Mike Sorensen: Local college teams have challenging tasks this week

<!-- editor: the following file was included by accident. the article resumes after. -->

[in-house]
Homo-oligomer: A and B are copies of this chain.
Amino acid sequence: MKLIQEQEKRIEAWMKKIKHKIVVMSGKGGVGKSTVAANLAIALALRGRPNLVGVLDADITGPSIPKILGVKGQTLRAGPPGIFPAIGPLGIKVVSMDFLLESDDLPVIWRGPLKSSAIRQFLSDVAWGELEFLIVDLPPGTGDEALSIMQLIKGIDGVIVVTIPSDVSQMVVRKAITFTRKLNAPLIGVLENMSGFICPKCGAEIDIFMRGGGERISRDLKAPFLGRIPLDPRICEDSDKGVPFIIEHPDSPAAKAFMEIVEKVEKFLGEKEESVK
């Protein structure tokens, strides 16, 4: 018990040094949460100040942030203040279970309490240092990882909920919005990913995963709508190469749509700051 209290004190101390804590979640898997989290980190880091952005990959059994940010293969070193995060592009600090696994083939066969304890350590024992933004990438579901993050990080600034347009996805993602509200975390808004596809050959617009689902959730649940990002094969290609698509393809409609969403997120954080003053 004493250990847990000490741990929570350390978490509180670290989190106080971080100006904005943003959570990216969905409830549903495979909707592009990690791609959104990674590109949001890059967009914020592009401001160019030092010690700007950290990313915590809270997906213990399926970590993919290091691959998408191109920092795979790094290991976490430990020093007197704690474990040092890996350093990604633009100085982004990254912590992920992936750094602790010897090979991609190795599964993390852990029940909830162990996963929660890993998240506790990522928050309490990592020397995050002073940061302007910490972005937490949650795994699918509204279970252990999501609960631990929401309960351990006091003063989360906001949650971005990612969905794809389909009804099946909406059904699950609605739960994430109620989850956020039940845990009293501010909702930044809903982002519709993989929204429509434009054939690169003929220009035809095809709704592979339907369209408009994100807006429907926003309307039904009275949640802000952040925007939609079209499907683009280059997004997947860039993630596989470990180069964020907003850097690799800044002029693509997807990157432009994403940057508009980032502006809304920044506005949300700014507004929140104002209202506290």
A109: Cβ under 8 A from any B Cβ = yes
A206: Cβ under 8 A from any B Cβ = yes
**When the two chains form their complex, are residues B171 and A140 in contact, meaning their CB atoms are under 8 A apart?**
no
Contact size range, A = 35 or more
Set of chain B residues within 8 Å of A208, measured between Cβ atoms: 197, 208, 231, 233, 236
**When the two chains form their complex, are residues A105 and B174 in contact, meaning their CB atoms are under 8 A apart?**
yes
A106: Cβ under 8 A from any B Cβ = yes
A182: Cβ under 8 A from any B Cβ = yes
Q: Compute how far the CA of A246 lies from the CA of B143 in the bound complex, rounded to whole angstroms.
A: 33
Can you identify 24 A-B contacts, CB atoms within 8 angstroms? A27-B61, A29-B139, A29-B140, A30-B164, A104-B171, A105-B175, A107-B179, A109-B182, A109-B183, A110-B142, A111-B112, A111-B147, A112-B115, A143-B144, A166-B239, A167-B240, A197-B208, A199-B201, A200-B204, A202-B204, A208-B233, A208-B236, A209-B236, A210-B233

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first_imgSALT LAKE CITY — What some call the most exciting sports day of the year — Selection Sunday — is over and we have three weeks of college basketball to look forward to now that all of the brackets are set.Four of the state’s six Division I basketball teams will be playing this week and perhaps beyond. Here’s a look at their chances this week beginning with the NCAA teams.BYU — After years of feeling they received a lower seed than they deserved, for once the Cougars got a better seed than they were expecting.All the experts had the Cougs as an 11 or 12 seed and barely making this year’s tournament, perhaps playing in one of the dreaded “First Four” games in Dayton early in the week.Instead, BYU received a No. 10 seed, meaning it was rated ahead of at least seven other at-large teams (No. 11's Nebraska, Dayton and Providence and First Four teams Iowa, Tennessee, N.C. State and Xavier).In Oregon, the Cougars will be playing a team they are quite familiar with, having played the Ducks in Eugene in December. Back then, Oregon was undefeated and ranked No. 13 in the country and BYU probably should have won that game before blowing a late lead and losing in overtime.But the Cougars are going into this year’s NCAA tourney with a damper over their heads, having lost arguably their best player, Kyle Collinsworth, to a season-ending knee injury in the finals of the West Coast Conference tournament last week.Not only will they miss not having Collinsworth, but because depth isn’t their strong point, they’ll have to go deeper down the bench with players such as freshman Frank Bartley, Skyler Halford and the always unpredictable Matt Carlino.The Ducks are certainly more talented, and after a poor stretch in the middle of the season when they lost eight of 10, they won eight straight before losing to UCLA in the Pac-12 quarterfinals.It looks like a one-and-done for the Cougars this year.Weber State — The Wildcats from Utah are thrilled to be in their first NCAA tournament in seven years, and coach Randy Rahe says the team won’t have the attitude of “happy to be there.’’But they had to swallow hard when they saw their first-round opponent would be the Wildcats of Arizona.Arizona absolutely throttled Utah in the Pac-12 quarterfinals, winning by 32 points and completely shutting down the Utes’ offense with a suffocating defense. They did the same to Colorado the next night before losing a close game to UCLA in the league finals.If Weber State looks to its history, it can find wins over Michigan State and North Carolina in the 1990s when the Wildcats were No. 14 seeds. But this time they are a No. 16 seed. Never in NCAA history has a 16th seed upset a No. 1 seed, and it won’t happen this year.At least the Weebs can look back and say they were happy to be back in the NCAA tournament for a change.Utah — The Utes had to be feeling like they were good enough to be in this year’s tournament as they watched the bracket being unveiled Sunday afternoon.There was Colorado, a team they beat by 11 at home and lost in overtime on the road, getting a No. 8 seed. There was Arizona State, a team the Utes beat by 23 at home and lost to by four on the road, getting a No. 10 seed. There was Stanford, a team it lost to by one point on the road a little more than a week ago, getting a No. 10 seed. Not to mention UCLA, a team it beat by five at home, getting a No. 4 seed and BYU, a team it beat by 17 at home, getting a No. 10 seed.The problem was, all those victories came at home as the Utes hardly ventured outside the Huntsman Center all year except for league games. The NCAA selection committee looks closely at schedules and road wins and the Utes failed on both counts. NCAA Selection Committee Chairman Ron Wellman said Sunday the reason SMU wasn’t selected for the tournament was its weak non-conference schedule, the same problem Utah had.After five years without a postseason bid, the Utes are happy to be in the NIT, but they have to be disappointed not to get a home game and to go on the road against Saint Mary’s. They might be able to get past the Gaels, but considering their lack of success on the road this year, they aren’t likely to win three straight in order to get a chance to go to New York for the NIT Final Four.Utah Valley — The Wolverines were sorely disappointed to not win the WAC tournament title last week in Las Vegas but are taking the school’s first-ever NIT berth against Cal as a nice consolation prize.To get to New York, the Wolverines will have to win three road games, which will be an overwhelming chore, but just getting to the NIT for a school that is a decade removed from being a junior college is a huge accomplishment.last_img